In May 2002, Curtis Rivers, a British stuntman, smashed the world record for the highest bungee jump – he jumped from a height of 4,632 m (15,200 ft) from a hot air balloon over Puertollano, Spain. The air was so thin at such a high altitude that Curtis, who has featured in films including Tomorrow Never Dies, had to resort to breathing equipment to keep his lungs from giving away and had to parachute to the ground. Curtis’ operations manager, relieving the moment later commented, “It was fantastic.” The record-shattering incident reverberated throughout the world of extreme sports, whose denizens are willing to risk a lot for a few seconds of thrill and even fear loss of their lives if things do not play out as they plan.
These days, CEOs of enterprises world over are going through a similar emotion as they plan their strategy for the digital ecosystem. In a world where customers are becoming digitally smarter, enterprises could counter a similar thrill that extreme sport enthusiasts often experience, if their risk pays off. On the other hand, there are chances that entire organizations could go down-under if their plans go awry or if they are not alert enough to recognize the trends that could change the lifestyle of entire generations.
Eastman Kodak, once a venerable pioneer of photography that was a household name for cameras and family pictures world over (remember seeing the ads in your childhood?), and whose market value exceeded $31 billion in the mid-90s, failed to notice the burgeoning potential of digital cameras, which were ironically invented by a Kodak employee! Kodak had introduced the Brownie camera more than 116 years ago and the Kodachrome film which was often the benchmark of still photography, was laid to rest in 2009, having lived out a 73-year prolific existence. But, the Rochester-based firm had protected its vital film business far too long and had to ultimately file for bankruptcy in January 2011.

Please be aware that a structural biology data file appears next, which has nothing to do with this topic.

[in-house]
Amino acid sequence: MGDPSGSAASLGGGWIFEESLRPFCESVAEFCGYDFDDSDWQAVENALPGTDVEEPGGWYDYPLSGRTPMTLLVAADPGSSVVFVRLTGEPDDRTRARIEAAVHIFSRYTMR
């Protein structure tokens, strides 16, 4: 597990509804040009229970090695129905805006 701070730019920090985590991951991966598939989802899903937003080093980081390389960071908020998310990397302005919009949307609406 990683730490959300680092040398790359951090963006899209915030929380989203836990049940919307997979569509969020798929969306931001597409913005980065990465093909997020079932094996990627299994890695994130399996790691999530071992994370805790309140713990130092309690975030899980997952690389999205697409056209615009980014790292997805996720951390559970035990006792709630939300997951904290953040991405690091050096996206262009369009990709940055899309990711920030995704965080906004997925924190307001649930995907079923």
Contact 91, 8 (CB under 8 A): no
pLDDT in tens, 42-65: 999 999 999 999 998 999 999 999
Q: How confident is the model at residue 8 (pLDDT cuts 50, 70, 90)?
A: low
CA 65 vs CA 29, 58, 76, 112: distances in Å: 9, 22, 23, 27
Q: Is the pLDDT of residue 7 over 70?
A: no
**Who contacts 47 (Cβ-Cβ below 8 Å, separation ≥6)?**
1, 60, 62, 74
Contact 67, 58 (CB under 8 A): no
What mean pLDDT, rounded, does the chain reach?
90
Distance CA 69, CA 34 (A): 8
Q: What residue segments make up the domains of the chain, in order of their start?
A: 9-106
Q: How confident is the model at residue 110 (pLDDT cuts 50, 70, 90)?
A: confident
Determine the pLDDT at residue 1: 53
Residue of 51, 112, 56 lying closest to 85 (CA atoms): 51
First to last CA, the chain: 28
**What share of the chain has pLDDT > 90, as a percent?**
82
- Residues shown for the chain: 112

Eastman Kodak had failed to acknowledge the emerging threat from digital cameras, which were ironically invented by a Kodak employee!
In June 2015, the iconic chief of Cisco, John Chambers claimed that while they had the world’s best sales organization, over the last five years, they had learnt to move away from their dependency on revenues from routers and switches. As a result, they had to change 41% of its sales leadership and had to take out 5,000 people – a fact that Chambers himself is not too proud of. Cisco and Chambers had realized its engineering unit was working in silos and were not focusing on selling business outcomes, faster delivery and a nimble approach. "We had to tie together our silos. We had to change our culture," said Chambers during the Cisco Live keynote presentation in 2015. In March 2016, the company made yet another reorganization of its engineering unit under new CEO Chuck Jones to become more customer-centric. These reorganizations helped the company quickly regroup and address the need to reinvent themselves to stay relevant.
"We had to tie together our silos. We had to change our culture" - John Chambers.
Often, companies fear change. Newer market entrants discover innovative means of delivering value to customers, thereby threatening to take away the pole positions enjoyed by their incumbents, who are stunned by the rate of change and are often too late to react. For example, companies such as Uber were never in the cab business and did not own cars – all that they did was put up an online platform for making your commute easy by deploying cabs which might not have any takers. Similarly, the storage market was initially a mash-up of Asian hard-drive vendors and products. Amazon changed it into a service, almost nonchalantly.
However, every threat is an opportunity. Executives will need to understand the complete ecosystem of their product or service and how it interrelates with the external environment. That way, they have a better sense of the underlying vulnerabilities and opportunities. The digital game can be a frightening one, similar to the one faced by bungee jumpers in a free-fall, but if tackled well, could well be a thrill worth experiencing.
Written by: Karthik Subramanian